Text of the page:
• Our public lecture series Conversations on Race, in partnership with The Day, continued during the pandemic with a dynamic virtual event in January 2021 focused on racial bias in policing. Guests included Debo Adegbile ’91 and a group of local panelists providing national context on the issues of police and community relations. Conversations on Race will continue in the 2021-22 academic year.

Anti-Racist Education in Teaching and Learning

  • Students, staff, and faculty completed a required online training program that provided foundational concepts about diversity, equity, and inclusion. The EverFi training modules, completed by the majority of campus in 2021, will be offered annually to new community members. Additional content will be created to expand educational opportunities in the coming year.

  • A new graduation requirement on Social Difference and Power was established with the Class of 2024. More than 60 courses in the College catalogue are now tagged with this designation.

  • The DIEI professional staff offered a new student orientation programming focused on bias, anti-Black, and anti-BIPOC racism. The staff also delivered a new module for the First-Year Seminars on developing effective behaviors as allies in the work of social justice.

  • Many campus academic departments and offices created statements of solidarity with the BIPOC community, with links to educational resources. These included student leaders; faculty and staff allies; the department of Psychology; Student Counseling Services; and the resources found on this page. The Division of Institutional Equity and Inclusion will be collating all these resources into a single comprehensive guide to be posted on its website this summer.

Anti-Racism and Campus Climate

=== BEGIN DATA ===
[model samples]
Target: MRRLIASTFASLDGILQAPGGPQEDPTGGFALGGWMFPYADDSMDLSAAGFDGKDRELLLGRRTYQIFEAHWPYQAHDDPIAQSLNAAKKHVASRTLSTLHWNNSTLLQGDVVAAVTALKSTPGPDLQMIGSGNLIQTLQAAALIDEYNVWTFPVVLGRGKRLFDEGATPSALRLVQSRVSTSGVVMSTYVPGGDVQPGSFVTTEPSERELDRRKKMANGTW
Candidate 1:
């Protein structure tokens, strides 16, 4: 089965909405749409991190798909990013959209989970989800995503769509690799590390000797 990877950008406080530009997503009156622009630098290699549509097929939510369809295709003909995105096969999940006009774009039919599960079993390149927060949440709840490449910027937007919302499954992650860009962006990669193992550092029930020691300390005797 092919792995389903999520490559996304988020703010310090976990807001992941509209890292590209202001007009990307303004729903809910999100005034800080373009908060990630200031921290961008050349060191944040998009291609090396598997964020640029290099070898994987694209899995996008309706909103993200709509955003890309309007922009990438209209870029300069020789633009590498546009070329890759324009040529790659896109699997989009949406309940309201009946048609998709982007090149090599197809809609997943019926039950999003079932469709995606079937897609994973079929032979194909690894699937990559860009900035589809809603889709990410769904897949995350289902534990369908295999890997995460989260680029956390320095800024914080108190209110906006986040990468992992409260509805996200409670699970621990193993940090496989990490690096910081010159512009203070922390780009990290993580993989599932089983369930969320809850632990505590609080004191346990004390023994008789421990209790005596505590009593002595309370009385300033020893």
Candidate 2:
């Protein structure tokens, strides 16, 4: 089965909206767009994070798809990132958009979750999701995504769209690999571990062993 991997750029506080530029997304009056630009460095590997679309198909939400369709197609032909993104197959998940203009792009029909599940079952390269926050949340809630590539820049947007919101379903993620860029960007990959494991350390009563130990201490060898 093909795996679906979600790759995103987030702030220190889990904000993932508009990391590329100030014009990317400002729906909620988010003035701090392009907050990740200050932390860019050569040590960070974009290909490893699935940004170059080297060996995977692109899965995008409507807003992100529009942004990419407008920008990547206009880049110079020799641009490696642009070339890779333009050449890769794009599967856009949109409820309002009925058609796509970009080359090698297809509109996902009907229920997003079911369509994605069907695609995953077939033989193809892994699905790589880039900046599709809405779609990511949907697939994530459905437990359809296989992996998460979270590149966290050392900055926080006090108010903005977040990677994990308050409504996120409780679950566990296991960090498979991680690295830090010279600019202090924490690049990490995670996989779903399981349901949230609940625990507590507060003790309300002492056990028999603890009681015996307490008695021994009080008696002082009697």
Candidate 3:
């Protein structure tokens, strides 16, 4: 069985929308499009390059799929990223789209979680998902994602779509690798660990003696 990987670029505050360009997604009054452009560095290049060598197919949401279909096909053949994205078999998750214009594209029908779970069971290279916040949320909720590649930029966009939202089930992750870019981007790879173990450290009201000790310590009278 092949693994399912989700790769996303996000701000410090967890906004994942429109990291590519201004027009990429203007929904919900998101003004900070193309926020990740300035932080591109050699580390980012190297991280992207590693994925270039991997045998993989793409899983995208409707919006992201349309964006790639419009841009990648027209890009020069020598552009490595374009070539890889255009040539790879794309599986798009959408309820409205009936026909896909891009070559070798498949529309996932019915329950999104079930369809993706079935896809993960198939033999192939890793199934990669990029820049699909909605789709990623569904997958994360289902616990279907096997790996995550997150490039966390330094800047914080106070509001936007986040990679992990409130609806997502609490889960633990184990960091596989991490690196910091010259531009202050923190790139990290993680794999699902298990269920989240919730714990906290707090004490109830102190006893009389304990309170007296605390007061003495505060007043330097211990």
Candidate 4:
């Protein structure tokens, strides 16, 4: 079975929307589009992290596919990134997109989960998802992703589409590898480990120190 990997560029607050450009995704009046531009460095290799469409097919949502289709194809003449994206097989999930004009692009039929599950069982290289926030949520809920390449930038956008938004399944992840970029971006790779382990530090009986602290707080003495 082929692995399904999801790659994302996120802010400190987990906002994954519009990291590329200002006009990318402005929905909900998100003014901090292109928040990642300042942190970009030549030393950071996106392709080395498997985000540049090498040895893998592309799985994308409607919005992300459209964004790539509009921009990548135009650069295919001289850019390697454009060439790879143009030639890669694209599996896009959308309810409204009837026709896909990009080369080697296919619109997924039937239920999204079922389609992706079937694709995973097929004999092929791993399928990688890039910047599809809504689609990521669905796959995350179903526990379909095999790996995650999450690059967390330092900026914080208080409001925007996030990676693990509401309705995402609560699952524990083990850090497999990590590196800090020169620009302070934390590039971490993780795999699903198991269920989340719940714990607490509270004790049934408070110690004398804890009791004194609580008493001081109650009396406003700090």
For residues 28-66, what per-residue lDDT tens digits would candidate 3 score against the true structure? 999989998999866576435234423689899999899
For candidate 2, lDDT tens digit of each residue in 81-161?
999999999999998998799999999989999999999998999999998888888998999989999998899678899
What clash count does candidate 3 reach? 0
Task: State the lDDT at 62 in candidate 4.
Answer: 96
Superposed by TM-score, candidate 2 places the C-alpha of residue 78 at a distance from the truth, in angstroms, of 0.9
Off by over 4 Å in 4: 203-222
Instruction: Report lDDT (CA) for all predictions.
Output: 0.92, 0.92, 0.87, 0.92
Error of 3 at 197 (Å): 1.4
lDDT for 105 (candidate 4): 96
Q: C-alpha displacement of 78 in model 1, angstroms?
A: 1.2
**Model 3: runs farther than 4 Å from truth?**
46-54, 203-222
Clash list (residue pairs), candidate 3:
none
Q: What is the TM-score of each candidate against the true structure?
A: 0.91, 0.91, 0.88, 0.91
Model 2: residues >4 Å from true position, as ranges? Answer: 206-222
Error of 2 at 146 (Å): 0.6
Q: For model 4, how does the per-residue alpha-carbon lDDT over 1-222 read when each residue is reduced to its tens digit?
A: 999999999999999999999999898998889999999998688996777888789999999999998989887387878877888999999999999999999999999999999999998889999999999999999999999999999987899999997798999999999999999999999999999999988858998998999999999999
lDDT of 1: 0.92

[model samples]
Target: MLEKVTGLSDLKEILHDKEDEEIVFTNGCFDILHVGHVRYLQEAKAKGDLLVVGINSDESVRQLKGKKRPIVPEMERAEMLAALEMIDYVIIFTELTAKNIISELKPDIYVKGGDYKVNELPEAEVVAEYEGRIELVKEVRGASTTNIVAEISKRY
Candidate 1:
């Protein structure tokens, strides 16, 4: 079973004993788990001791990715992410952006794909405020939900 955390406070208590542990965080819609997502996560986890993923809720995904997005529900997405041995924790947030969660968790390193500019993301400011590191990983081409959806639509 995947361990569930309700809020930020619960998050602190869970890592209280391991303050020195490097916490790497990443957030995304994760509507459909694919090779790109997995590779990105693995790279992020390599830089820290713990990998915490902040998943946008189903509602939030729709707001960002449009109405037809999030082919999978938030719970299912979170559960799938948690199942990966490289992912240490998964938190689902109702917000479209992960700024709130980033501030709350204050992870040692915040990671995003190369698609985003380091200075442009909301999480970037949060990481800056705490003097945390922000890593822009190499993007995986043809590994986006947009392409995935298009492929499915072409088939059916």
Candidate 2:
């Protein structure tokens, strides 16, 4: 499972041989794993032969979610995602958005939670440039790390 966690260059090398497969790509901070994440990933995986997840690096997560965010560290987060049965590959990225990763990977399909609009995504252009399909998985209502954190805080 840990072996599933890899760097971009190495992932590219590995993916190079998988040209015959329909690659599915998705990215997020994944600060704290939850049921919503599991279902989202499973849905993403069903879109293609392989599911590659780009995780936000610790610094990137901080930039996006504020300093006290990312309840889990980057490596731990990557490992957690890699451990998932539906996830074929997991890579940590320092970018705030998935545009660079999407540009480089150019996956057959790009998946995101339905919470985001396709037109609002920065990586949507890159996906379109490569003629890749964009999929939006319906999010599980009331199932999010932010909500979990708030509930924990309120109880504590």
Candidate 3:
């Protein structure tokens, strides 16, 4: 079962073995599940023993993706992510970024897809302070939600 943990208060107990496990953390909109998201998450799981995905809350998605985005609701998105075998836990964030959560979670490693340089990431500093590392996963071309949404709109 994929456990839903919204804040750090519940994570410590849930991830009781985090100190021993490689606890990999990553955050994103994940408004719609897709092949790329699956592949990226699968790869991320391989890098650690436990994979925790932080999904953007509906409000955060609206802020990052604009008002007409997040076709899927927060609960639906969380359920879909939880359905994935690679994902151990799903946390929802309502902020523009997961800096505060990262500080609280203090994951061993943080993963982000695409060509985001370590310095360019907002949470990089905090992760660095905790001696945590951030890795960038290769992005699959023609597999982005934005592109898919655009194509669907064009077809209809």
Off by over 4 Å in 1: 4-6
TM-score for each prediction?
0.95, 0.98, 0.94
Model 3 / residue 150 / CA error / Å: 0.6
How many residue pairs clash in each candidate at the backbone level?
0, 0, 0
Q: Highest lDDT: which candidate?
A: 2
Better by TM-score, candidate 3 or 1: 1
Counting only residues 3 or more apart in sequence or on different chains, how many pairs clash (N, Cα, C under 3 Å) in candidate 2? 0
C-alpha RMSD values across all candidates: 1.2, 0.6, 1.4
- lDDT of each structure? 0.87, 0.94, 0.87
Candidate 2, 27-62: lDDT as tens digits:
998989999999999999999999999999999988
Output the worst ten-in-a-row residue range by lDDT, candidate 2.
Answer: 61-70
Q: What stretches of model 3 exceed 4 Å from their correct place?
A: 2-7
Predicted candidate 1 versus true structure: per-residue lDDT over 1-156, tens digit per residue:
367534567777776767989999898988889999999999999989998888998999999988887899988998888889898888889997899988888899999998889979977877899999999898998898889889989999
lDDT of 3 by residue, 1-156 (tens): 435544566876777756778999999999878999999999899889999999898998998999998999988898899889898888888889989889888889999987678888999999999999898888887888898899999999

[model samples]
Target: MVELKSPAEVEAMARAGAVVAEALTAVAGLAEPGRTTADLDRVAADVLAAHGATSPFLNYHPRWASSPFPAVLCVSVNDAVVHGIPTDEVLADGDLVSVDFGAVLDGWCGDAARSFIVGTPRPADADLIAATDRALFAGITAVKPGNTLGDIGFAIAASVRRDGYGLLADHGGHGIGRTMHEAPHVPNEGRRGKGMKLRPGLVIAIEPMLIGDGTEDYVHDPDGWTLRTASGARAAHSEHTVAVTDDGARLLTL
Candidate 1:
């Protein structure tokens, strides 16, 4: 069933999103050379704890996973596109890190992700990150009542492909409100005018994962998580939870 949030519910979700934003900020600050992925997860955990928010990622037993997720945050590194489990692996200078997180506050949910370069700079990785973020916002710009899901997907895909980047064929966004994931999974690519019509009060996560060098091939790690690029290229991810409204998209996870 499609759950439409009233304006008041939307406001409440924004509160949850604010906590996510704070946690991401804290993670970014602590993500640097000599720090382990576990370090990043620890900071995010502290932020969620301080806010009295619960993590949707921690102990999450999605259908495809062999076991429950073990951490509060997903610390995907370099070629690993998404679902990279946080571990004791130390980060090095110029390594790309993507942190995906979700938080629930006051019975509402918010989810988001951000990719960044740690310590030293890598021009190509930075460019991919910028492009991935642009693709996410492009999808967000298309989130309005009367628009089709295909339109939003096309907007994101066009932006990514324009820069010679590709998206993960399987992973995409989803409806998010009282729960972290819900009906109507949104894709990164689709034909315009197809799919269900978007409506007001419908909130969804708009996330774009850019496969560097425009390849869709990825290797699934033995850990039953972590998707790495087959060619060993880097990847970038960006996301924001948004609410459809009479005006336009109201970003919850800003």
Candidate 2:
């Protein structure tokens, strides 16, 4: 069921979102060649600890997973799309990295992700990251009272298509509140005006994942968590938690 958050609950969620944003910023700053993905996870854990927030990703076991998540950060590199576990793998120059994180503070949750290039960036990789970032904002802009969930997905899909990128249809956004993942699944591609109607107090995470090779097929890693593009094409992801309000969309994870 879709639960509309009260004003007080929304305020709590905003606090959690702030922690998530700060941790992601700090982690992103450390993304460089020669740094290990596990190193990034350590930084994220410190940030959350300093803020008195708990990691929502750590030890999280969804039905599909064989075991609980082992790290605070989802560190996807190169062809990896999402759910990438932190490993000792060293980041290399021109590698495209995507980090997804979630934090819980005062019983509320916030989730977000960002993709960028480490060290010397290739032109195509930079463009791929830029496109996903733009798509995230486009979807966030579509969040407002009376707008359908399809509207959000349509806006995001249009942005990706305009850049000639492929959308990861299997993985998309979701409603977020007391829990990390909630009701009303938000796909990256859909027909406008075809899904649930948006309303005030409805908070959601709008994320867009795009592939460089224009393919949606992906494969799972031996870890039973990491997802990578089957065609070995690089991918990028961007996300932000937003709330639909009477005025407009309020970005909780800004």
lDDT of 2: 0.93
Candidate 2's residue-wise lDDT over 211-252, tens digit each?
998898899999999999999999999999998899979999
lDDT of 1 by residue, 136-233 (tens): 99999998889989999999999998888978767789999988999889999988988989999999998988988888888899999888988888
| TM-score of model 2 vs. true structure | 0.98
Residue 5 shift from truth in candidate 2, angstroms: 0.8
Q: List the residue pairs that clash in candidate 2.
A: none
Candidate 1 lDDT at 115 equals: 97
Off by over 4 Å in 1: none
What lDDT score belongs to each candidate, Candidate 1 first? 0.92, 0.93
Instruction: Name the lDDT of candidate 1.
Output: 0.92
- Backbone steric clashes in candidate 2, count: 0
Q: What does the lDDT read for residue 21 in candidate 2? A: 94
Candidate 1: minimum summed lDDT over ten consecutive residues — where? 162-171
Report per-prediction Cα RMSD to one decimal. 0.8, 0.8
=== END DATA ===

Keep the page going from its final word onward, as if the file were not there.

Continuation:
• The College disseminated the national Higher Education Data Sharing (HEDS) Consortium campus climate survey this past spring. After receiving the full report from HEDS this summer, including comparative data from other institutions, we will share the results with the campus community in the fall.

  • The DIEI team established a committee of student, staff, and faculty representatives to review the College’s bias policies and protocols and make recommendations for improvement. An anticipated shift will be toward providing bias education as a preventive measure and refining modes of reporting. The committee’s work is still underway.

Reflecting on our collective work is vital at the end of this year of crisis and loss, when questions of racial equity and justice were foremost in our minds. And while we mark progress in our efforts, we also acknowledge that we have far to go to live up to our ideal of full participation, where all members of our campus are able to thrive and contribute meaningfully to the flourishing of others. May this Juneteenth holiday be an occasion to reflect, recommit, and return to this work with renewed vigor as we come together again as a community in the fall.



Katherine Bergeron


Erin Duran
Interim Dean of Institutional Equity and Inclusion

Katherine Bergeron